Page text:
Researcher and data manager
Ellyn Montgomery has always been fascinated by exploration and the oceans. After earning her undergraduate degree from Colby College in 1981, she moved to Woods Hole to see what seagoing research was really like. Ellyn initially assisted in studies of migratory trout and salmon in eastern Quebec at WHOI’s Matamek field station (which was sold in 1988).
After that, she participated in a variety of WHOI experimental programs, learning about computers, instrumentation, programming, and analysis methods along the way. During this time, she realized that observational oceanography, a field where voyages of discovery are the norm, was a good match for her interests and skills. Expertise in collecting high-quality oceanographic data has taken Ellyn to many interesting ports over the years, from Micronesia to sail on a Chinese research vessel, to Senegal to work on a French ship, to southern Chile to board a U.S. icebreaker bound for Antarctica.
For the last fifteen years she’s been the instrument expert and data analyst for the high-resolution profiler, a one-of–a-kind instrument that measures physical properties of the ocean, working with Kurt Polzin, Ray Schmitt, and John Toole. Ellyn finds that addressing the issues associated with making instrumentation operate reliably at sea and produce exceptional data is challenging and interesting.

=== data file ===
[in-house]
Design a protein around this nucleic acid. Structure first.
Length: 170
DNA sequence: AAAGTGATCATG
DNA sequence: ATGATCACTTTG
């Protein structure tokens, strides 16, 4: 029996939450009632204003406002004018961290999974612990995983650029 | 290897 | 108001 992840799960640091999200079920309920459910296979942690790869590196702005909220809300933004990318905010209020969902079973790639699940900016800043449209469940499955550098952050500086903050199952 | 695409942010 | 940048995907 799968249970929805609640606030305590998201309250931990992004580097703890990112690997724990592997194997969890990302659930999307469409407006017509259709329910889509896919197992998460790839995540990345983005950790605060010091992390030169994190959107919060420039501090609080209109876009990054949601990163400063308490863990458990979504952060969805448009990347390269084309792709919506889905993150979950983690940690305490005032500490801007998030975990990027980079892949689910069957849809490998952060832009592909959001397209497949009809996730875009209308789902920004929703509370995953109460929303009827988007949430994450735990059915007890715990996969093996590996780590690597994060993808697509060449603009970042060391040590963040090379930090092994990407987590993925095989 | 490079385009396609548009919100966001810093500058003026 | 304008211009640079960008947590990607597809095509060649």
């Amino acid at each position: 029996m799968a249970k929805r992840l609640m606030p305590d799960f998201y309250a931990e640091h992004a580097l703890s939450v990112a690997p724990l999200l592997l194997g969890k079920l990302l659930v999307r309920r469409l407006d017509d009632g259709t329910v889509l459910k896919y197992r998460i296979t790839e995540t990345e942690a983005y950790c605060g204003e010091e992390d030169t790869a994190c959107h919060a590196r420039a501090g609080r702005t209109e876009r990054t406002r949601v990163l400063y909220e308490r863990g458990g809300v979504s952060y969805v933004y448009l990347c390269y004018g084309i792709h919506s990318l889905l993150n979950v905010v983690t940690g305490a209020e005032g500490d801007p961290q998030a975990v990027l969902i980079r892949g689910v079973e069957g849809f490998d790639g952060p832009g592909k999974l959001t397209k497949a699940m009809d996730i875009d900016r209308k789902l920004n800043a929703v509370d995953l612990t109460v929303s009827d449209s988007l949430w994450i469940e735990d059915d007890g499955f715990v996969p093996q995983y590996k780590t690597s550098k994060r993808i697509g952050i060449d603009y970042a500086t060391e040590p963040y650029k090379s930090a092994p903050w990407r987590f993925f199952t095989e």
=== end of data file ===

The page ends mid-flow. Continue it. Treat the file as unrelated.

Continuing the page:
The most satisfying part of her work is when observations obtained by the profiler lead to new insights into how the oceans work. One example was finding a dynamic region of enhanced deep mixing over the rough topography of the Mid-Atlantic Ridge, where no observations of turbulence had ever been made. The patterns of mixing measured by the profiler have led to entirely new insights into the deep circulation of the ocean. In 2000, Ellyn was honored with the Linda Morse-Porteous Award, which recognizes the dedication and excellence of women on the Technical Staff.
Originally published: February 1, 2005